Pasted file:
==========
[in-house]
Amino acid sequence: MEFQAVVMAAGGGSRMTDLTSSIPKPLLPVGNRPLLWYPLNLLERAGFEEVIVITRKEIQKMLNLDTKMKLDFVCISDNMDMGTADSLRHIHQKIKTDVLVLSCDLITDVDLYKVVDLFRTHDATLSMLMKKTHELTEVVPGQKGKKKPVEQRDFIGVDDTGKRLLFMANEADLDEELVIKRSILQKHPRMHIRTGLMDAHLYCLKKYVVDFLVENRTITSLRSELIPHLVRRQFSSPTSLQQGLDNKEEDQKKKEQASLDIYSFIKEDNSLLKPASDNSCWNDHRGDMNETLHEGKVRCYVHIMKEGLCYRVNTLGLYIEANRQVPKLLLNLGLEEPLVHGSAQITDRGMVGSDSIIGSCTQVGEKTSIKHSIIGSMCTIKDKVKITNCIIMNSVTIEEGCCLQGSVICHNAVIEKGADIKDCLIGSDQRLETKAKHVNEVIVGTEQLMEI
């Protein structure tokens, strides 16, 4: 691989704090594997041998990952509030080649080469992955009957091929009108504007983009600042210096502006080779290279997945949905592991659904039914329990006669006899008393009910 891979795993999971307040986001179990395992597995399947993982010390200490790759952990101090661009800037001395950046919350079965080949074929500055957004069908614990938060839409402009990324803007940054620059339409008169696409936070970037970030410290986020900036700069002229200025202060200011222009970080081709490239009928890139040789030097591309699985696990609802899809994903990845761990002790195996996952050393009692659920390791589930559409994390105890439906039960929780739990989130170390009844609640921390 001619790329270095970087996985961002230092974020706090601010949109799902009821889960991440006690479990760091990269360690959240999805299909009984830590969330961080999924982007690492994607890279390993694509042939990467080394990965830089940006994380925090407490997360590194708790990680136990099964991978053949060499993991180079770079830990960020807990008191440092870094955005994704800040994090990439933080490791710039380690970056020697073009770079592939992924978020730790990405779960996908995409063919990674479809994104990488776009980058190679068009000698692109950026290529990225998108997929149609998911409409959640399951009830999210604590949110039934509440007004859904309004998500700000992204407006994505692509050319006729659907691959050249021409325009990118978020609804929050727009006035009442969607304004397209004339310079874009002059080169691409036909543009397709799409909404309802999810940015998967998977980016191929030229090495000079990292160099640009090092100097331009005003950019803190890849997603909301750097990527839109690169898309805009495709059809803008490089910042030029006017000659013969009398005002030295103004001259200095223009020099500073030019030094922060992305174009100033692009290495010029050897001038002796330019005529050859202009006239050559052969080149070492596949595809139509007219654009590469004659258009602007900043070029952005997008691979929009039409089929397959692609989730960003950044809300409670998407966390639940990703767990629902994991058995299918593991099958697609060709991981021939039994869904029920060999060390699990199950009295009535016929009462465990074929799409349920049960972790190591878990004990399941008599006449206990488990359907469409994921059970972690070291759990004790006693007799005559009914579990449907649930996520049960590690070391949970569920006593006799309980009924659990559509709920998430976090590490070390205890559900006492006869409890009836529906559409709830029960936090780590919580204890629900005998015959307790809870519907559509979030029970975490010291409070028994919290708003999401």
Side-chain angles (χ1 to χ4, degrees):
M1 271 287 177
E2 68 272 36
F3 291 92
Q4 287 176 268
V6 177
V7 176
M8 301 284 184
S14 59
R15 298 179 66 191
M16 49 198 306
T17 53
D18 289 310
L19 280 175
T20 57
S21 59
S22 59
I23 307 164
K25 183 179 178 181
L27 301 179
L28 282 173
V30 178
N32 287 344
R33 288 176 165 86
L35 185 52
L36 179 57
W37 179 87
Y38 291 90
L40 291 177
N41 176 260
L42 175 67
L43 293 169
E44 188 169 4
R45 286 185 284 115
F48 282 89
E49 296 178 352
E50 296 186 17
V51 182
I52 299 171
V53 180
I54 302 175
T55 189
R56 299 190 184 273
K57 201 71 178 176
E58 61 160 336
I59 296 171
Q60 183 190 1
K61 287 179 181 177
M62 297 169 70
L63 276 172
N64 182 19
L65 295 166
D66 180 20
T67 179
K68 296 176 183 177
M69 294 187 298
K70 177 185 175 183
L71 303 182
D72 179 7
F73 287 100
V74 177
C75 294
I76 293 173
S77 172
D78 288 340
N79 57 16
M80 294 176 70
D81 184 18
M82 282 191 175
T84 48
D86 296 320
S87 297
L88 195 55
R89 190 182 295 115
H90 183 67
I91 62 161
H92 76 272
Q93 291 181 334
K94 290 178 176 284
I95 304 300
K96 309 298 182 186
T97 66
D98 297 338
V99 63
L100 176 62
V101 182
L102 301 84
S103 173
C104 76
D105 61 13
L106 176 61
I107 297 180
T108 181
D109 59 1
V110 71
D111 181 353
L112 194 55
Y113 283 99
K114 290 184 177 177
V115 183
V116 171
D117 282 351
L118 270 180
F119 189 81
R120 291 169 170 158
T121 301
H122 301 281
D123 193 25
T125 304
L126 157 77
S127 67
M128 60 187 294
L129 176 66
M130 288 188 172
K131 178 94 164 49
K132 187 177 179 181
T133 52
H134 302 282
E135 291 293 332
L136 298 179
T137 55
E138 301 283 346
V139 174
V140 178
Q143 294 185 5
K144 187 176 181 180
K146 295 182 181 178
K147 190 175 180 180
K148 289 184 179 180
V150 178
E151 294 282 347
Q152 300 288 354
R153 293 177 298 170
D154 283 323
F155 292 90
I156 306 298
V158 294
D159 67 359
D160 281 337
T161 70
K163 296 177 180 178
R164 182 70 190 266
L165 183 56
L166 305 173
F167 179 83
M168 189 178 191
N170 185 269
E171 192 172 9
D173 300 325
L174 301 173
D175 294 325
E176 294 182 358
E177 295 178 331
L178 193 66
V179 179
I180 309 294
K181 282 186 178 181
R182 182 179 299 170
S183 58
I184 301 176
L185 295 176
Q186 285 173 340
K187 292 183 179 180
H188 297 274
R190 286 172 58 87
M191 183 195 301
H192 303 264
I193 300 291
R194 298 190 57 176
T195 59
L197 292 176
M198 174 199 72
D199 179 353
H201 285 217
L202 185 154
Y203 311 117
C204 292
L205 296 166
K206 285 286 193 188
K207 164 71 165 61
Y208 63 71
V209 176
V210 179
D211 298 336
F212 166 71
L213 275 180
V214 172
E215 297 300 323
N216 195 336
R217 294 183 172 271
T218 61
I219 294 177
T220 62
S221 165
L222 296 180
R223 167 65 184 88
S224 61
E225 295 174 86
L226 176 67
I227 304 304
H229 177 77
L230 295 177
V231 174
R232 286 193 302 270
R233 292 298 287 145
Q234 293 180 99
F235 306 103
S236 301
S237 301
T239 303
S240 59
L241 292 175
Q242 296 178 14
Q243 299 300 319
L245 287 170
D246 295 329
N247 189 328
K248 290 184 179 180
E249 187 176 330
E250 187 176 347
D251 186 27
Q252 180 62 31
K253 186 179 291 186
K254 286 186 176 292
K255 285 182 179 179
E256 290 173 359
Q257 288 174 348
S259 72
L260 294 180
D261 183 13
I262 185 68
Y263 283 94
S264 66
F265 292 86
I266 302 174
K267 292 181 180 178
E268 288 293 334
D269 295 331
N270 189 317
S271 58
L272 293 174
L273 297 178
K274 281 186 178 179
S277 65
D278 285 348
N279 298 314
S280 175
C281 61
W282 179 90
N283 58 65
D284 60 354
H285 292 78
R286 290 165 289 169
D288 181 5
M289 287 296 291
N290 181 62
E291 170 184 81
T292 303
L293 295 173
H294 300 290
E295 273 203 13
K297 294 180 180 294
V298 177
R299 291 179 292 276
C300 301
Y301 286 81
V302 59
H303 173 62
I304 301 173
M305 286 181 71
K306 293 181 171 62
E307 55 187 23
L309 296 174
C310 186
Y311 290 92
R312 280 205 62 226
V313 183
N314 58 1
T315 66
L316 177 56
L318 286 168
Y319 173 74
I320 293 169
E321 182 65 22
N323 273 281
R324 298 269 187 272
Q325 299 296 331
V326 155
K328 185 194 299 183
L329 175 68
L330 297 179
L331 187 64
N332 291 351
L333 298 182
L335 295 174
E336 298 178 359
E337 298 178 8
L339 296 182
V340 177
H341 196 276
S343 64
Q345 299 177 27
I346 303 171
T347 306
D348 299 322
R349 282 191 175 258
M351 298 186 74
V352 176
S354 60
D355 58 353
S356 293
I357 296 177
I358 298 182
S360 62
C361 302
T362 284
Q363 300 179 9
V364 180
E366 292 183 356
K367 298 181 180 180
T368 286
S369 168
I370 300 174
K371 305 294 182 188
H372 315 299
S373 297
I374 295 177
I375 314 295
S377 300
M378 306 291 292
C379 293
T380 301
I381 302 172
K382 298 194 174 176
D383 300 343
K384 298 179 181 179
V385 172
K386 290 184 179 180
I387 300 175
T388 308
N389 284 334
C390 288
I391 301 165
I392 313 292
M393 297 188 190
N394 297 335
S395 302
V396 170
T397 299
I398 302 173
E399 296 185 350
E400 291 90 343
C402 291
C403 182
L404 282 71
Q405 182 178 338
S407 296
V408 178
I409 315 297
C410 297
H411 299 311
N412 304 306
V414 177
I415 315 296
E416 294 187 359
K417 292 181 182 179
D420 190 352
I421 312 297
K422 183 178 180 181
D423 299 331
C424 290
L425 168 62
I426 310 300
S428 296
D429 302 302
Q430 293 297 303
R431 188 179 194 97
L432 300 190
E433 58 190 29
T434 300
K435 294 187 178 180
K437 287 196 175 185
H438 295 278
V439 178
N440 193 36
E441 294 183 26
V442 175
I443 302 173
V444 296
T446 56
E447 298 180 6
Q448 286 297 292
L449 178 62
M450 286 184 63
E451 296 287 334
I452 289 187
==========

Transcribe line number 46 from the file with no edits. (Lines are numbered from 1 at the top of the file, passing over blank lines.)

R56 299 190 184 273